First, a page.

Yesterday was supposed to be about the Champions League. It was supposed to be a celebration of a highly professional performance in reaching the group stage, and the extremely promising draw that followed.
But David Dein had other ideas.
With ‘Arsenal’s best interests at heart’, he announced, with uncanny timing, the sale of his shares to Red and White Holdings Ltd, owned by Russian mogul Alisher Usmanov and British citizen Farhad Moshiri. I’ll come to those characters in a moment.
But first, what about the timing? Dein keeps on insisting that he has the club’s best interests at heart, so why exactly did he choose to announce this at the exact same time the Champions League draw was gearing up? The day should’ve been about excitement, looking forward to another season in Europe, with a feelgood factor brought about by our decent start to the season.
I’ll tell you why he did it – publicity. He knew that overshadowing the draw would give him the most column inches. Self-promoting nonsense, because as Dein surely knew would happen, this promptly created a storm of dramatic headlines (“Arsenal at war!!”, screeches the Daily Mail).
So exactly how does this serve the best interest of the club? At the exact moment where the team were riding high, working together, seemingly stable, the orange man comes along and rips the carpet out from under them. Great ‘best interests’, David.
Little of what I know about Usmanov or Moshiri would surprise you, suffice to say that as a Russian oligarch, Usmanov has a similar working ethic to Roman Abramovich.
Sorry, did I say ethic? My mistake.
As for their intentions, they are businessmen, and as businessmen, they desire profit. So can the interests of Arsenal and these businessmen be synonymous? Some would argue that by investing in the team, the value of the club rises and everyone is happy. To me, this is a painfully simplistic view. Throwing money at a club does not make it instantly better, it is not like extending your house by putting an extra room on the end.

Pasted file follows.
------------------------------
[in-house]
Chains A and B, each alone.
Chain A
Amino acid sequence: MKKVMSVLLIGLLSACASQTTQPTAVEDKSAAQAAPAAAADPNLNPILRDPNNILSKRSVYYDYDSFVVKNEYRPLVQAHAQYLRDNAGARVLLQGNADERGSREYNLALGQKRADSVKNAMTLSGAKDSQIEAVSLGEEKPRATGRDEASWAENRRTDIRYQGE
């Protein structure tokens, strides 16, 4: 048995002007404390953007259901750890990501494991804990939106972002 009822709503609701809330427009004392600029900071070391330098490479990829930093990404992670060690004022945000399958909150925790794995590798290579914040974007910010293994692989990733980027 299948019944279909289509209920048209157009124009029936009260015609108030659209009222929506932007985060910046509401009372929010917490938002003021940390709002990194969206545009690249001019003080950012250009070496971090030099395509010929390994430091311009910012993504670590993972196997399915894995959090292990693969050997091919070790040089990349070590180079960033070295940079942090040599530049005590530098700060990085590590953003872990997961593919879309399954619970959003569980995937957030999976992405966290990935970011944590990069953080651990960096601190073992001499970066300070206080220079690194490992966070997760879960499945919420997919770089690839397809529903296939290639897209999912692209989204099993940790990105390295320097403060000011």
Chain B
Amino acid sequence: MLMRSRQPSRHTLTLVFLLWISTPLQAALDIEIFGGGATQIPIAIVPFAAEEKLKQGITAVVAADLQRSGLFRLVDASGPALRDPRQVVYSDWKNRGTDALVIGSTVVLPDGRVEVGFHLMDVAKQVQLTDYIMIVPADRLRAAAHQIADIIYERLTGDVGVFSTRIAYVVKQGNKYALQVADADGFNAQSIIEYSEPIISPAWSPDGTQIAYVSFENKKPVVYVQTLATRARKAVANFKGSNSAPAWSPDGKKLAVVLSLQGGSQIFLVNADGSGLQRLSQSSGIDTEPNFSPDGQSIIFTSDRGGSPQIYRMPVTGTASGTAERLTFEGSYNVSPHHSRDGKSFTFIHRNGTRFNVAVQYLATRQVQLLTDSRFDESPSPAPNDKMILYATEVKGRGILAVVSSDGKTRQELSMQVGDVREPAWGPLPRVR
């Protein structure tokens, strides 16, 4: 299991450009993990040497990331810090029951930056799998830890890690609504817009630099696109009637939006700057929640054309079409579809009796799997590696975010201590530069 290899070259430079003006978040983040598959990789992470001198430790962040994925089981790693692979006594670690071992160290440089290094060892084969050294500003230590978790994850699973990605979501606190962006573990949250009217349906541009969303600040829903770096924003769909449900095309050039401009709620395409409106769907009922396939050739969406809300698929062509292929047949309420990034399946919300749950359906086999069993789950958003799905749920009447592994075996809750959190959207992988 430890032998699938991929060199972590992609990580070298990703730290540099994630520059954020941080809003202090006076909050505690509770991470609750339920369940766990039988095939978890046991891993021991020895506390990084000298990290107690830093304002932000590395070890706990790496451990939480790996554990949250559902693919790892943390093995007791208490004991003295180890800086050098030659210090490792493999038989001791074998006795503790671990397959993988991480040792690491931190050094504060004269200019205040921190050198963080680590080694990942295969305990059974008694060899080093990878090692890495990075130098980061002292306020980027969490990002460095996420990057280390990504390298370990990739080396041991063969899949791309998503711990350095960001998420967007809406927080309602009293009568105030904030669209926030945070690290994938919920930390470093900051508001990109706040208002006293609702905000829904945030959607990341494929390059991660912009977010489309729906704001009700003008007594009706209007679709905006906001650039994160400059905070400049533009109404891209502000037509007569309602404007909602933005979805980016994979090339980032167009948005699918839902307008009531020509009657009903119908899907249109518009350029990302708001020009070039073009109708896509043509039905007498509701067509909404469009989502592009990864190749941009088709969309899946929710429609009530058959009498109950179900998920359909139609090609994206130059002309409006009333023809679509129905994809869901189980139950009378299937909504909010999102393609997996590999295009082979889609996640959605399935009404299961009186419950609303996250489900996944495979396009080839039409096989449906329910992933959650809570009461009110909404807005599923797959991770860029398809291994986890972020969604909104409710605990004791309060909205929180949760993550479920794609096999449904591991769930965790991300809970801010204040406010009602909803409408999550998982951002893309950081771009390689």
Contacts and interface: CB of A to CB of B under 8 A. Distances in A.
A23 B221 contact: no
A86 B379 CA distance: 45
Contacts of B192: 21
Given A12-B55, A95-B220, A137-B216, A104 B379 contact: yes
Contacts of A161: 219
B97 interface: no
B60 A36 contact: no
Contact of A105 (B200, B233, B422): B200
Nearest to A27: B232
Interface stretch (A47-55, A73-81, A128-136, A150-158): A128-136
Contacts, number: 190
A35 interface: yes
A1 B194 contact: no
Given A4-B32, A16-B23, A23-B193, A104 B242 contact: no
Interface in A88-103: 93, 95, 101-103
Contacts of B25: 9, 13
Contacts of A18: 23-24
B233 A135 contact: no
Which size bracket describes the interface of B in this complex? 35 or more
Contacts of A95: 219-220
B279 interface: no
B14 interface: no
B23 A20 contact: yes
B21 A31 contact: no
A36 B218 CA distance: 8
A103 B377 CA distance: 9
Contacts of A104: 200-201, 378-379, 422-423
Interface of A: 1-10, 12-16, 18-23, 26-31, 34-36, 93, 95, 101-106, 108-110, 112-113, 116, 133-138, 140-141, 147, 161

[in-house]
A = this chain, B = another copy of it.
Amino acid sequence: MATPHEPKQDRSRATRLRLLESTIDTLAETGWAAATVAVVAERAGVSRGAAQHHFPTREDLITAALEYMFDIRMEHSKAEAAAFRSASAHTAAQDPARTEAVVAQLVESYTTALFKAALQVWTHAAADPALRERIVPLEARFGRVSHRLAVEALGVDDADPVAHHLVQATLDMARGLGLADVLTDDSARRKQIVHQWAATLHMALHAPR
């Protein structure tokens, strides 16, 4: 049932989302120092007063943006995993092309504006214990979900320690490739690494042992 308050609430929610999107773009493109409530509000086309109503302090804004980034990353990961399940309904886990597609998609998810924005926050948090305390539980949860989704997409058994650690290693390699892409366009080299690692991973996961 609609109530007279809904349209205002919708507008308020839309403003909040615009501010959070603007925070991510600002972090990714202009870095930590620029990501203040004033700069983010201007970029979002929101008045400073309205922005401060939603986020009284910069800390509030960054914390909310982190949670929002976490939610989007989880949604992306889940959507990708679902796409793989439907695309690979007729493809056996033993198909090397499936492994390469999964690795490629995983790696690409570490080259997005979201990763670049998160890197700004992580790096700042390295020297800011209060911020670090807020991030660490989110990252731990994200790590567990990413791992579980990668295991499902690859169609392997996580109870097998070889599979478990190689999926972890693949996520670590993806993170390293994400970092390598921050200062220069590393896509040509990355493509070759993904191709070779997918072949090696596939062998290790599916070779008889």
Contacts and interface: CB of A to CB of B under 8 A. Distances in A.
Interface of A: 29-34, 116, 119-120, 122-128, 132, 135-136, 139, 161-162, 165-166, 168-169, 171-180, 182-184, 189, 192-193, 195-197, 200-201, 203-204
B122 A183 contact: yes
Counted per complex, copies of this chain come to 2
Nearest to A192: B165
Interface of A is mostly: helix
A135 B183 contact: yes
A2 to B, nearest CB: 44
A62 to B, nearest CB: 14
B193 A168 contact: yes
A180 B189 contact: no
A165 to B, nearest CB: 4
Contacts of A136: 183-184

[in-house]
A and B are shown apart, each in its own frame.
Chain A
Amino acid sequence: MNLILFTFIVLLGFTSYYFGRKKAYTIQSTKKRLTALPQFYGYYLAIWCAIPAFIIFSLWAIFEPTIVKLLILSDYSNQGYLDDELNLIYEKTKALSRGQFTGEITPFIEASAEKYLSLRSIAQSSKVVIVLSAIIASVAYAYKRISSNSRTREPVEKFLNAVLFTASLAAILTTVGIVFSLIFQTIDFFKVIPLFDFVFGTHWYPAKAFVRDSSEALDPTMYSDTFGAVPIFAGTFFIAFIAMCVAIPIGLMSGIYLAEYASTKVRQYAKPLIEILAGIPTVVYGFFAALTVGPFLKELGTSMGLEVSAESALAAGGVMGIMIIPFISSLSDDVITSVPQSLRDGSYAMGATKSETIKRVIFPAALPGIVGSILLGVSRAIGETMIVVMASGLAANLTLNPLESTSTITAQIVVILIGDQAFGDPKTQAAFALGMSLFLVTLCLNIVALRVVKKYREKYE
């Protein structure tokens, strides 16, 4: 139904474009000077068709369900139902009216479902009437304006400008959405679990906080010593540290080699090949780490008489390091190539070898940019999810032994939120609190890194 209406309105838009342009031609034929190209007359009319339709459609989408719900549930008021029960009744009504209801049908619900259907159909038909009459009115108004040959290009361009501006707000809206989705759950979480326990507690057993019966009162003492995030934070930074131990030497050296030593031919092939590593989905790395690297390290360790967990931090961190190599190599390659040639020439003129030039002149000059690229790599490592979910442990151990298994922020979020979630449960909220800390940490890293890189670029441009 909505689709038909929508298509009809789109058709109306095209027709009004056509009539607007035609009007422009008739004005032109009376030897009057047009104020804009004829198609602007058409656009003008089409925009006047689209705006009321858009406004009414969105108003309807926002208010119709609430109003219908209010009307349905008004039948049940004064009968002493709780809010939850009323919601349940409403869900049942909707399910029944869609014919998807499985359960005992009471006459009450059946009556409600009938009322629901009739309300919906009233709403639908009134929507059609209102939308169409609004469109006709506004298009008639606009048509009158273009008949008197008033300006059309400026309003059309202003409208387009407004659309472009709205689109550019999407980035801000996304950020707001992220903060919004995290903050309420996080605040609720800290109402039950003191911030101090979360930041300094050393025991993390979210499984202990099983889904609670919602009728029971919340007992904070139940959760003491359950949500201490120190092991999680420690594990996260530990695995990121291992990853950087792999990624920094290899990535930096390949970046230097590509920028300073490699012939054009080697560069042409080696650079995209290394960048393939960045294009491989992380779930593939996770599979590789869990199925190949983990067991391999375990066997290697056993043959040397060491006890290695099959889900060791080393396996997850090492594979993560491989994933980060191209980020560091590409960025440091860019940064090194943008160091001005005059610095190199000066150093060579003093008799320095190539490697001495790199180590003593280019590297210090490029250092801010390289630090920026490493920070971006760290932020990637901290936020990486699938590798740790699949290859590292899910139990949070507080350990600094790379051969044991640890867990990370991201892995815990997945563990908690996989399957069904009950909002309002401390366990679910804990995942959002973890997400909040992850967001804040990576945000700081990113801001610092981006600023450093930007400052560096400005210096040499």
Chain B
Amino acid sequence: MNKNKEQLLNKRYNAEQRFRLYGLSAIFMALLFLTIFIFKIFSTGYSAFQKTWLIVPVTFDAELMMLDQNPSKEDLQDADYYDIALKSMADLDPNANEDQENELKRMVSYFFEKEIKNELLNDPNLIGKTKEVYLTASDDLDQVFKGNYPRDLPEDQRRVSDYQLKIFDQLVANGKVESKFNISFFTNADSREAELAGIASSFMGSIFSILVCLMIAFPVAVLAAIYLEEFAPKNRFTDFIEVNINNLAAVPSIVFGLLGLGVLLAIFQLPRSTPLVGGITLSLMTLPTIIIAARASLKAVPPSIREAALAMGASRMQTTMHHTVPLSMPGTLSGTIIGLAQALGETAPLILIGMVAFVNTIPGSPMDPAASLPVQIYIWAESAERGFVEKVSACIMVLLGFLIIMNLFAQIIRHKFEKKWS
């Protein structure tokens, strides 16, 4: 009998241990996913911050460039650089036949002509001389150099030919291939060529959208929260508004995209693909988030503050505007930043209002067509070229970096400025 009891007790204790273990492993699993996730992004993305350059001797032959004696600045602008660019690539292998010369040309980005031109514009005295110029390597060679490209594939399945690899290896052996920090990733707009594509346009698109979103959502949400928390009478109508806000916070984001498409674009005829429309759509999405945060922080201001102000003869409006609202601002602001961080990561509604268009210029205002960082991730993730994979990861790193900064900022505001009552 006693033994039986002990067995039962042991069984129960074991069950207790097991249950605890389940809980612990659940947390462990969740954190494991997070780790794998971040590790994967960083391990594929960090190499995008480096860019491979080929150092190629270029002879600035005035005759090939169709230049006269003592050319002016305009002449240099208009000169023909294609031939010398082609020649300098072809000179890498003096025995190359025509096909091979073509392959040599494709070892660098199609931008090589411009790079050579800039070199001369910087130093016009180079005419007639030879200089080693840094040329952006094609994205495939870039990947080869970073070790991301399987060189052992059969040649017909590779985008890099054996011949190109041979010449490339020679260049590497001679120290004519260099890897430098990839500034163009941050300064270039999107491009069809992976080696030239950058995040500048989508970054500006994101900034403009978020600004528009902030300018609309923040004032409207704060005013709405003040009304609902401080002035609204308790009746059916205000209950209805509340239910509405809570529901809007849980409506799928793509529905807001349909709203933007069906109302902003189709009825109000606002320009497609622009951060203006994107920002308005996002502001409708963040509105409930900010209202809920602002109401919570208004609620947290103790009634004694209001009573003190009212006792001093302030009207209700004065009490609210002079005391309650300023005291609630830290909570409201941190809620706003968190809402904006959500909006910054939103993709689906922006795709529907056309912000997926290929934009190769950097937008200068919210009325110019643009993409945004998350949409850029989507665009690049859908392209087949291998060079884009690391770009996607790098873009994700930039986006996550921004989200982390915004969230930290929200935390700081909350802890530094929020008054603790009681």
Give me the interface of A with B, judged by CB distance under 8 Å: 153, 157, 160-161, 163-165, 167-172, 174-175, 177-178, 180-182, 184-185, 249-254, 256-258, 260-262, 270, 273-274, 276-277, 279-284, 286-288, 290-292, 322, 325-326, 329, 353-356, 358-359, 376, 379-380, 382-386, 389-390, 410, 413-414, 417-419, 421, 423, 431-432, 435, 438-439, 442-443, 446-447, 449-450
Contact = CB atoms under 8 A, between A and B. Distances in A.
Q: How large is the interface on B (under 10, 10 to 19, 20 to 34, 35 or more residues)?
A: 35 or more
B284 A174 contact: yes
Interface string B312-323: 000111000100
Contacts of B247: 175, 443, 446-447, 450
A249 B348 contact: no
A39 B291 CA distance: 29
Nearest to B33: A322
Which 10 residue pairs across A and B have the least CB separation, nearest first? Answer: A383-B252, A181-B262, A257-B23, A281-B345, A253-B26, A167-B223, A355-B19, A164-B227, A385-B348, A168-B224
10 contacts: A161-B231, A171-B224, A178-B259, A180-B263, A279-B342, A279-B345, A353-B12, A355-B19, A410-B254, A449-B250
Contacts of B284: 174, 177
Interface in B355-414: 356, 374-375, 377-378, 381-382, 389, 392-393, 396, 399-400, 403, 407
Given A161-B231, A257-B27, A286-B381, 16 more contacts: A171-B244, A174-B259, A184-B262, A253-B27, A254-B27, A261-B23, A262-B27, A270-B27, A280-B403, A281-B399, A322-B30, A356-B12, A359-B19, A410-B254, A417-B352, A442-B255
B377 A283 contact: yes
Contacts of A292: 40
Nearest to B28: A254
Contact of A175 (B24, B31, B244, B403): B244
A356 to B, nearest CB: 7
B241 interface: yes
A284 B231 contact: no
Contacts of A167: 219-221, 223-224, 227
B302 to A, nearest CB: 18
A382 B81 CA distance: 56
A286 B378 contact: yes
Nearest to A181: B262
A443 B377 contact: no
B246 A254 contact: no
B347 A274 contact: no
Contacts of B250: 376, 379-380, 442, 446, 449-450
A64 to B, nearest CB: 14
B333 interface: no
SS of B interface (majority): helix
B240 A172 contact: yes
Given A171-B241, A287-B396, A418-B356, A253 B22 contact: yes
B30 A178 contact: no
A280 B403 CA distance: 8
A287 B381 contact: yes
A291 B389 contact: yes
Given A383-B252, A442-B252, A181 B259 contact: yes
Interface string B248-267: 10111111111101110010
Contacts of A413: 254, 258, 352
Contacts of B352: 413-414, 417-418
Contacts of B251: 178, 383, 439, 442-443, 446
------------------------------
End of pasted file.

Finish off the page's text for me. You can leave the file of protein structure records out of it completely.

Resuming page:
Wenger has carefully assembled what is probably the last squad he will manage at the Emirates, or at least the core of the last squad. He will tinker throughout the contract it seems he will shortly sign, but he has made it clear that he is not about to make drastic changes. The money is there if he wants to, but he chooses not to. His energy now goes into moulding the team into a true force once again. That is his choice, and we should and do respect that.
Does David Dein? A man who claims more than anyone that Wenger is vital, to the point that he tries to give the impression that he alone can make the Frenchman stay, but who also claims that Arsenal need major investment to compete over the coming years. This view seems entirely opposed from Wenger, who already has such money to spend.
And what about the investors? If they mount a hostile takeover, and Wenger doesn’t spend their money, then they can just milk the profits from the infrastructure set up by the previous regime. If they want to invest in the team, can they possibly step back and let Wenger make all those decisions? I can’t help but think not.
You may have gathered my feelings on this by now. No matter which way I think about it, I cannot imagine a circumstance in which this is a good move for Arsenal. I can see exactly why it is a good move for Usmanov, Dein and even Kroenke, who may now sell his shares for an instant profit, but not for the club itself, the club whose interest is apparently of central importance.
One final point – Wenger has stayed so long because the current board have simply let him do his job. It is clear that Dein wants the existing board gone – he would not seek to embarrass them otherwise, so who knows how our enigmatic manager will respond to the new crop?
I believe that Wenger’s next contract will be his last, and have done so for a while. When he hit ten years, he said he would not stay another ten, and a new deal will take him past fifteen. I can see him moulding this team into winners, and then retiring at the top. And good luck to him.
But the way the club is now moving, we should enjoy the stability while it lasts.